Archive for the 'Iranian Jewry' Category

The Iranian Oskar Schiendler

bkyser on Apr 21st 2012

Abdol-Hossein Sardari, better known as the Iranian Oskar Schiendler, earned this title for the 2,000 Iranian Jews that he helped save during World War II. Sardari, who is Muslim, served as a diplomat in Paris during the rise of the Nazis. He was able to save many Iranian Jews by issuing them the new-style Iranian passports needed to prove that they were Iranian and to return to Iran. The Nazis did not consider Iranian Jews to be like European Jews, because they Nazis deemed them as part of the Aryan nation. Sardari told the Nazis that the Iranian Jews were different from the European Jews by creating his own sect, the “Mousaique,” who followed Moses, and who were not part of the Jewish race. Sardari’s work has been so influential that the Simon Wiesenthal Centre in Los Angeles has recognized him for his work. Read more here.

“Here you have a Muslim Iranian who goes out of his way, risks his life, certainly risks his career and property and everything else, to save fellow Iranians” -Fariborz Mokhtari

Brian Wheeler, “The ‘Iranian Schindler’ who saved Jews from the Nazis,” British Broadcasting Company, December 20, 2011, http://www.bbc.co.uk/news/magazine-16190541 (accessed April 21, 2012).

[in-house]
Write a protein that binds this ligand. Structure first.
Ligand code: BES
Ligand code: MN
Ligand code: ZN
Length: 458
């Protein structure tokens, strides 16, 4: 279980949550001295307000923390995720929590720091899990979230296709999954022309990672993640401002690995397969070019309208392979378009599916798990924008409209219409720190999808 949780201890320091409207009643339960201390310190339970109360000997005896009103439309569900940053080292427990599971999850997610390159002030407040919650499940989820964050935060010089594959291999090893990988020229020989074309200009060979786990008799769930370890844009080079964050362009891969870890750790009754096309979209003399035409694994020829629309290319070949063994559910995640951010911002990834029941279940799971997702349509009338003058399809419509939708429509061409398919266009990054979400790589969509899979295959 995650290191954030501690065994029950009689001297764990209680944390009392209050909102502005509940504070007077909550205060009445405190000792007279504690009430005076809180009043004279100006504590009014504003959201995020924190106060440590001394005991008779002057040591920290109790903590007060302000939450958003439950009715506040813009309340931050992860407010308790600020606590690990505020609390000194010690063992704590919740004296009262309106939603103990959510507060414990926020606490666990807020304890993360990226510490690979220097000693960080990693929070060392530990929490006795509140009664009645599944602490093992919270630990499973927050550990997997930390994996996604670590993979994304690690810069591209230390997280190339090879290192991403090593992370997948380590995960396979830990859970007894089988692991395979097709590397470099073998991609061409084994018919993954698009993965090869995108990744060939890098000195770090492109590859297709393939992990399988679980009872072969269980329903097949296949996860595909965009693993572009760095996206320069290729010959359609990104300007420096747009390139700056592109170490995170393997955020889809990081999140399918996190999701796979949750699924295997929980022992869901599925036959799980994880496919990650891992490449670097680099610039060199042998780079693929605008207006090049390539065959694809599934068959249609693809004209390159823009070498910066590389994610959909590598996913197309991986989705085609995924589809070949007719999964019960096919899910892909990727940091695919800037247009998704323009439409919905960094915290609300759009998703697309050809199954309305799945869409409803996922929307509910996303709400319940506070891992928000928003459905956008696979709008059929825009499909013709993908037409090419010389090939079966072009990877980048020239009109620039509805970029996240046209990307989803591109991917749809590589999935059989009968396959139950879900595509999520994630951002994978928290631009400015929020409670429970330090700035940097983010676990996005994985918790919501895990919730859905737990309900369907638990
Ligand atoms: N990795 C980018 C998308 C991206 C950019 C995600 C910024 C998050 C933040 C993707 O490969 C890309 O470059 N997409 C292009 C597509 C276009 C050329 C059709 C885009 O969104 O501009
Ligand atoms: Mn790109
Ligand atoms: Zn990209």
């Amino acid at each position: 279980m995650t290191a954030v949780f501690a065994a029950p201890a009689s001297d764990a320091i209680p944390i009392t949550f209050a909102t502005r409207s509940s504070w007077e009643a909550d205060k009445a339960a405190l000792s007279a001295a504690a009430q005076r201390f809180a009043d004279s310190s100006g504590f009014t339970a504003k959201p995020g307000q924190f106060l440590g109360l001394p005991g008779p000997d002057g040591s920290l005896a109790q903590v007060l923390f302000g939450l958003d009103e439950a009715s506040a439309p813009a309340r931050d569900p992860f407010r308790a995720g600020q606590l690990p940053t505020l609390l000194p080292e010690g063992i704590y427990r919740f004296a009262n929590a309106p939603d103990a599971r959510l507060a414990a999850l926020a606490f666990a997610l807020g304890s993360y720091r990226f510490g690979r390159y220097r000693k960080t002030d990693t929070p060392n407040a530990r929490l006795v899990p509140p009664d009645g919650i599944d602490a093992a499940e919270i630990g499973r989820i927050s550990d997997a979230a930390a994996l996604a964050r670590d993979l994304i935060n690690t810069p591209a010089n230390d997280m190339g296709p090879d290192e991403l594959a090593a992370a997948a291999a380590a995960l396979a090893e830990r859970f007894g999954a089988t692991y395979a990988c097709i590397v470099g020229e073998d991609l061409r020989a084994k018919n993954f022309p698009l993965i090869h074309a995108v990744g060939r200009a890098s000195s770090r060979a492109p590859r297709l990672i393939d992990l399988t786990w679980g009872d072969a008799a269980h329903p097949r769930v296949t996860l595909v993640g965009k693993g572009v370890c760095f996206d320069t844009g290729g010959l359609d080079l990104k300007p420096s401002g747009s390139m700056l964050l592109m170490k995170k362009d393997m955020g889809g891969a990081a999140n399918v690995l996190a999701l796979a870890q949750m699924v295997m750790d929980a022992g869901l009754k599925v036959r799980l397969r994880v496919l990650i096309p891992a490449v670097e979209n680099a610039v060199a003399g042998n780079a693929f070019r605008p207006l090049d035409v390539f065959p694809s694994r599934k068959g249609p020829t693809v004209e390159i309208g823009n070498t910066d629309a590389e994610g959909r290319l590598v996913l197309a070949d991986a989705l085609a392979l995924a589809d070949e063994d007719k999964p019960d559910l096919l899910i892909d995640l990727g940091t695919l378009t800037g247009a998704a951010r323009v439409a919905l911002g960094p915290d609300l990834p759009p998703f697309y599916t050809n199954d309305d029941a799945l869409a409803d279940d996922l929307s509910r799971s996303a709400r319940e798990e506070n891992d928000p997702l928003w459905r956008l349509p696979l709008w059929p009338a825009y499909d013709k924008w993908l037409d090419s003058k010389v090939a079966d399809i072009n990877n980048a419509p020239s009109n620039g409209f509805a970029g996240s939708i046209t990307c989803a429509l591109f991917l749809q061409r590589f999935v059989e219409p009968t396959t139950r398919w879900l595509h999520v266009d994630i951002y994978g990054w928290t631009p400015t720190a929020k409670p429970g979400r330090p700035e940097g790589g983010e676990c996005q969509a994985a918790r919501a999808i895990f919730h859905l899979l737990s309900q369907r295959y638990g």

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Jewish Legacies in Iran

bkyser on Apr 2nd 2012

In this article, Jewish Iranian-American author, Roya Hakakian, discusses the issue of a future war between Iran and Israel. She makes reference to the achievements in industrialization in Iran that are a result of the design and labor of two prominent Jewish families, the Nazarians and the Elghanians. The Nazarians are credited for the sewage system and laying the groundwork for many of the plans that have developed the city of Isfahan. The Elghanians are known for designing and building high-rise buildings in Tehran.

Hakakian also mentions that 20,000 Jews live in Iran today making Iran home to the largest Jewish community in the Middle East outside of Israel. The prospect of a future war between Israel and Iran, in Hakakian’s view, would be degrading and ignoring the contributions that each of these cultures has brought to each other. Looking at history, Cyrus the Great served as a savior figure for the Jewish people by giving them a home in Babylon. Also, during the Holocaust, many Jews left France through the help of Abdol-Hossein Sardari, the head of Iran’s diplomatic mission to France. Today, in Iran, as a result of this mission, there are Polish cemeteries where the descendants of Polish immigrants to Iran still go to pay their respects.

Roya Hakakian, “What Two Enemies Share,” The New York Times, February 25, 2012, http://www.nytimes.com/2012/02/26/opinion/sunday/iran-and-israel-share-bonds.html?_r=3 (accessed April 2, 2012).

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